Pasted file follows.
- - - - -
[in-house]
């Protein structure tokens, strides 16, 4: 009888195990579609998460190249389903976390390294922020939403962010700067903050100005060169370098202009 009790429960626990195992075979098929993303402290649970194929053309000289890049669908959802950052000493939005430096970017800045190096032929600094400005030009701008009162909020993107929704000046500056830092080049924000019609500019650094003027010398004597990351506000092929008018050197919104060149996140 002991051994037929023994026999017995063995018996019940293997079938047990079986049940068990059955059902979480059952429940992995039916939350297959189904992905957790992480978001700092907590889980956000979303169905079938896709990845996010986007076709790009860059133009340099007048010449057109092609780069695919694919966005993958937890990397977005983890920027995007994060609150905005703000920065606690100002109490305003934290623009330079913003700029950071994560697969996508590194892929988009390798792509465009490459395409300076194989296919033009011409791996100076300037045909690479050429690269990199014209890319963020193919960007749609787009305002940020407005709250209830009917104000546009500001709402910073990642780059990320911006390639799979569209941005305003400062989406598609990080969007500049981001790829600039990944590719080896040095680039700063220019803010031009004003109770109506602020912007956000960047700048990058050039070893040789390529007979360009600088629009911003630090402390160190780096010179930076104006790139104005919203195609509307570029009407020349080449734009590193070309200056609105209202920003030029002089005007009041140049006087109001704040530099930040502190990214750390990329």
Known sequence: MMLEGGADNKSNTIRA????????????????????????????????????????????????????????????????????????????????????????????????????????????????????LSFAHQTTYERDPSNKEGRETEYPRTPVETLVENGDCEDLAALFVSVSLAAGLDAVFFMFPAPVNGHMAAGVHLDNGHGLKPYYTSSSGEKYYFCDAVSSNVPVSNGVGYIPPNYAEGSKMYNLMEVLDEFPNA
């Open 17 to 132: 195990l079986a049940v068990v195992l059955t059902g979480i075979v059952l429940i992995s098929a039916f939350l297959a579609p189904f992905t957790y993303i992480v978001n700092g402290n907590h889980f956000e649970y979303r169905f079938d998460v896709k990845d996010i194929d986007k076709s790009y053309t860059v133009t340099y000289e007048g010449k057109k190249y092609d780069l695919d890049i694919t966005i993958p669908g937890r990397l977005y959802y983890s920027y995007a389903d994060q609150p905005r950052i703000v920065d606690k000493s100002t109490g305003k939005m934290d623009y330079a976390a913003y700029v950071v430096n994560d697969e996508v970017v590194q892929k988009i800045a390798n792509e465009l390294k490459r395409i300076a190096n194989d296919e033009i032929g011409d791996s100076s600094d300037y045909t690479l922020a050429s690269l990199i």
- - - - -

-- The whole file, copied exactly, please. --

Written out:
[in-house]
């Protein structure tokens, strides 16, 4: 009888195990579609998460190249389903976390390294922020939403962010700067903050100005060169370098202009 009790429960626990195992075979098929993303402290649970194929053309000289890049669908959802950052000493939005430096970017800045190096032929600094400005030009701008009162909020993107929704000046500056830092080049924000019609500019650094003027010398004597990351506000092929008018050197919104060149996140 002991051994037929023994026999017995063995018996019940293997079938047990079986049940068990059955059902979480059952429940992995039916939350297959189904992905957790992480978001700092907590889980956000979303169905079938896709990845996010986007076709790009860059133009340099007048010449057109092609780069695919694919966005993958937890990397977005983890920027995007994060609150905005703000920065606690100002109490305003934290623009330079913003700029950071994560697969996508590194892929988009390798792509465009490459395409300076194989296919033009011409791996100076300037045909690479050429690269990199014209890319963020193919960007749609787009305002940020407005709250209830009917104000546009500001709402910073990642780059990320911006390639799979569209941005305003400062989406598609990080969007500049981001790829600039990944590719080896040095680039700063220019803010031009004003109770109506602020912007956000960047700048990058050039070893040789390529007979360009600088629009911003630090402390160190780096010179930076104006790139104005919203195609509307570029009407020349080449734009590193070309200056609105209202920003030029002089005007009041140049006087109001704040530099930040502190990214750390990329």
Known sequence: MMLEGGADNKSNTIRA????????????????????????????????????????????????????????????????????????????????????????????????????????????????????LSFAHQTTYERDPSNKEGRETEYPRTPVETLVENGDCEDLAALFVSVSLAAGLDAVFFMFPAPVNGHMAAGVHLDNGHGLKPYYTSSSGEKYYFCDAVSSNVPVSNGVGYIPPNYAEGSKMYNLMEVLDEFPNA
């Open 17 to 132: 195990l079986a049940v068990v195992l059955t059902g979480i075979v059952l429940i992995s098929a039916f939350l297959a579609p189904f992905t957790y993303i992480v978001n700092g402290n907590h889980f956000e649970y979303r169905f079938d998460v896709k990845d996010i194929d986007k076709s790009y053309t860059v133009t340099y000289e007048g010449k057109k190249y092609d780069l695919d890049i694919t966005i993958p669908g937890r990397l977005y959802y983890s920027y995007a389903d994060q609150p905005r950052i703000v920065d606690k000493s100002t109490g305003k939005m934290d623009y330079a976390a913003y700029v950071v430096n994560d697969e996508v970017v590194q892929k988009i800045a390798n792509e465009l390294k490459r395409i300076a190096n194989d296919e033009i032929g011409d791996s100076s600094d300037y045909t690479l922020a050429s690269l990199i």